Corneal Blindness – WHO Data:

Using the World Health Organization’s (WHO; Geneva, Switzerland) definition of blindness, it is estimated that there are currently 45 million people worldwide who are bilaterally blind, of which 6 to 8 million are blind due to corneal disease. In some areas of Africa, nearly 90% of the total blindness is due to corneal pathology.  The prevalence of corneal disease varies from country to country and even from one population to another depending on many factors, such as the availability and general standards of eye care.  This data comprises of all types of corneal blindness and the exact figure of corneal blindness due to endothelial defect is not clearly known.
Corneal blindness in developing countries with emphasis to India:

In India, there are approximately 6.8 million people who have corneal blindness with vision less than 6/60 in at least one eye, and of these, about 1 million have bilateral corneal blindness. If the present trend continues, it is expected that the number of individuals with corneal blindness in India will increase to 8.4 million in 2010 and 10.6 million by 2020.

Although cataract is responsible for nearly 20 million of the 45 million blind people in the world, the next major cause is trachoma, which is responsible for blindness in 4.9 million people, mainly due to corneal scarring and vascularization. Ocular trauma and corneal ulceration are also significant causes of corneal blindness and may be responsible for 1.5 to 2.0 million new cases of uniocular blindness every year. Infectious conditions such as trachoma and corneal ulcer are common in the developing world, whereas noninfectious entities like corneal dystrophies and pseudophakic bullous keratopathy are more common causes of corneal blindness in developed countries.   

Gonzales et al found that the annual incidence of corneal ulceration in Madurai District in South India was 113 per 100,000 people,  which is 10 times the annual incidence of 11 per 100,000 reported from Olmsted County, Minnesota, in the US.  By applying the 1993 corneal ulcer incidence rate in Madurai District to all of India, approximately 840,000 people develop corneal ulcers per year. This figure is 30 times the number of corneal ulcers seen in the US.  The rampant and unjustified use of topical steroids in cases of red eye leading to corneal super infection  is an important factor for the high prevalence of corneal blindness in developing countries. The Andhra Pradesh Eye Disease Study (APEDS)  in Andhra Pradesh (India) estimated that 1,200 people per million population are blind (<3/60) from corneal pathology. The prevalence of unilateral blindness due to corneal opacity in low income settings is estimated to be in the range of 5,000 to 20,000 people per million populations.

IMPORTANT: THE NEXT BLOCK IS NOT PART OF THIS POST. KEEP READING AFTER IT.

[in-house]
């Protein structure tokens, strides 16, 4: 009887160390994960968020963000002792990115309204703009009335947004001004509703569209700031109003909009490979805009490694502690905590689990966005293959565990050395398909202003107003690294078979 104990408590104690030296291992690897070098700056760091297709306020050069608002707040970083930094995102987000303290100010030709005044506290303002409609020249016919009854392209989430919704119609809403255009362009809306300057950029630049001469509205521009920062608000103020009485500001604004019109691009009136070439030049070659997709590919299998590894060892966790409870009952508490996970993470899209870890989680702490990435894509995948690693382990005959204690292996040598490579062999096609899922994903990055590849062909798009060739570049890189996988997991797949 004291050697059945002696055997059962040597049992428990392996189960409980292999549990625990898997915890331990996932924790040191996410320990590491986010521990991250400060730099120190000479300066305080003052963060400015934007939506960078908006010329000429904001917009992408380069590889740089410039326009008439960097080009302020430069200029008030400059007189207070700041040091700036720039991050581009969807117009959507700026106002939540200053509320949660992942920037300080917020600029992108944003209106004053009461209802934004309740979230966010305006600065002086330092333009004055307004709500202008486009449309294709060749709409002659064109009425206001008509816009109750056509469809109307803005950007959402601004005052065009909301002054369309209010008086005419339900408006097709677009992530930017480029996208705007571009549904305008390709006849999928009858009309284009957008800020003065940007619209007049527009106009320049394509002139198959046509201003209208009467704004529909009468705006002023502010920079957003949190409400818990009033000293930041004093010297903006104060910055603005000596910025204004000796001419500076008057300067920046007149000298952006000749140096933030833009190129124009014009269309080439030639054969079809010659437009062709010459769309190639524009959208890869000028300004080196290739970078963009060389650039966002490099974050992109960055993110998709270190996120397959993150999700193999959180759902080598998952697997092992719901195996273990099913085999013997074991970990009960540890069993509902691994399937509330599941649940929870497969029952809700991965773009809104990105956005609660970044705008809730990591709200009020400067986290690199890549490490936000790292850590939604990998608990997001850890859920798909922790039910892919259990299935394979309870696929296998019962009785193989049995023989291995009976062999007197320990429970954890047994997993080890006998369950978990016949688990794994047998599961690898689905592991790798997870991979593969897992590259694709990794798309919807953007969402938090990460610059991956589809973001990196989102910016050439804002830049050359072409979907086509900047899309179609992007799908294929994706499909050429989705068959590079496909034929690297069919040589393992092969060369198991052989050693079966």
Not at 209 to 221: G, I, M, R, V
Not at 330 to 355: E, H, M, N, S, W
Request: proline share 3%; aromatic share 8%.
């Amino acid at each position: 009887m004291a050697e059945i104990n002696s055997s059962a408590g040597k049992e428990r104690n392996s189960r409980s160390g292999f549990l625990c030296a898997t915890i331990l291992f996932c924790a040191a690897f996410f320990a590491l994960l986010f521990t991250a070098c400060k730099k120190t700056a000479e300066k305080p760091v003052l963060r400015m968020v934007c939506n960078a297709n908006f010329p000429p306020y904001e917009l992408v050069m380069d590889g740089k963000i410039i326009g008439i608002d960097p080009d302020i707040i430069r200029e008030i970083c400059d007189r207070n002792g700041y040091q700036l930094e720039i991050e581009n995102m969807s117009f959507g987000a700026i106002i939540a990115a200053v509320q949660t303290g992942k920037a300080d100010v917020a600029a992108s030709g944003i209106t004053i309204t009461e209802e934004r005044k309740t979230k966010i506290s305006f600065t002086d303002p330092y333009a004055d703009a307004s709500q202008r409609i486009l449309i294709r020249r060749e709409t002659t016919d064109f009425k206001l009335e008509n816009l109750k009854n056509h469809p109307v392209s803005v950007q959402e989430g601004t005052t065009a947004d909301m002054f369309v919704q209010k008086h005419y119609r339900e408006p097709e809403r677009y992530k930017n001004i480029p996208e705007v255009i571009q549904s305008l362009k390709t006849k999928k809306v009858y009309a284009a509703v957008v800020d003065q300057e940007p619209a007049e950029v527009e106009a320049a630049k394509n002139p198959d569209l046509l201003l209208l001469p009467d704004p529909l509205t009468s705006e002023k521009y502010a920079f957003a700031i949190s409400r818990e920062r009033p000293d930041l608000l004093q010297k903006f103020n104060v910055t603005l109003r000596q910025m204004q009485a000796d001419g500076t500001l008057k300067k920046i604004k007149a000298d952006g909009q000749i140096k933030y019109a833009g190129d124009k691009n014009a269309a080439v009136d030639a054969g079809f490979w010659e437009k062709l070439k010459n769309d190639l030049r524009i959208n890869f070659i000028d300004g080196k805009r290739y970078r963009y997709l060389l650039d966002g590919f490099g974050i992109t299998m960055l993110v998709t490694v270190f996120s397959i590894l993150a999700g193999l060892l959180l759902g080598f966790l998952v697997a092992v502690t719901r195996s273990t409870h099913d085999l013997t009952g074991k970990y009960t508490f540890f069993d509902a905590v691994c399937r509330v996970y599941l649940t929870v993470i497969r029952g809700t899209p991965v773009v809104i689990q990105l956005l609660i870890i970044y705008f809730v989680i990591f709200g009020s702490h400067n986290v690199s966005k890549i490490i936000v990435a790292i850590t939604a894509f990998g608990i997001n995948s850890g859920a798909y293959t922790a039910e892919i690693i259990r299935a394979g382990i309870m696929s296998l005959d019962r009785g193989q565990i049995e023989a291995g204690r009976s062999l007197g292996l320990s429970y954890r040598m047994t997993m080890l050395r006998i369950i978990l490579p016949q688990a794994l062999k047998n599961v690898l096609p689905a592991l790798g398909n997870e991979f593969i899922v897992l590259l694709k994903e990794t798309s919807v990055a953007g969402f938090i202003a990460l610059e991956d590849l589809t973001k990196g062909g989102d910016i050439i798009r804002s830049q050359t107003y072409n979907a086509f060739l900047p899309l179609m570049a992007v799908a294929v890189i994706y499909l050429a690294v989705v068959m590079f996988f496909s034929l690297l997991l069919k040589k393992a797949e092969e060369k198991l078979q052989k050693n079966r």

Ocular trauma has been reported to be the most important cause of the unilateral loss of vision in developing countries, and up to 5% of all bilateral blindness has been attributed to direct ocular trauma. Corneal and corneoscleral perforation and subsequent scarring due to ocular trauma may result in a variable amount of blindness.

Adding to the existing prevalence of corneal blindness in developing countries is the high rate of failed corneal grafts as well as the low availability of good quality donor corneas. In India, nearly 3.5 million good quality donor corneas are required to restore vision in all the eyes that can be treated with keratoplasty. However, only approximately 20,000 corneas or eyes are collected annually, while every year, approximately 40,000 new cases of corneal blindness are added to the existing backlog, creating a huge disparity between demand and supply. Thus, attempts to reduce the load of corneal blindness by corneal transplantation surgery are not optimally successful in developing countries.

We propose to establish WORLD’S FIRST CORNEAL ENDOTHELIAL STEMCELL BANK(CESBANK) and supply to the corneal surgeons of the entire world the Corneal Endothelial Stem cells so that they can treat their patients with our stem cells.

CESBANK- An Introduction:

The CESBANK will distribute collection kits to all eye banks whoever are willing to cooperate and ask them to separate the endothelial layers, put them in the kits and send to us. Such Corneal endothelial layers will be subjected to all kinds of screening tests (When eye banks harvest eye itself they would have done most of the screening tests to avoid spread of infection through the donated material). Then they will be divided, isolated and expanded then Cryopreserved. Whenever there is a need from any hospital from any part of the world, we shall send them to the concerned physician for application to the patient.

With the present technology, we shall only provide the expanded cells directly to the hospitals without cryopreservation, but gradually we shall conduct studies with the expanded cells and their viability with various methods of cryopreservation and then implement long term storage facility of a larger quantity.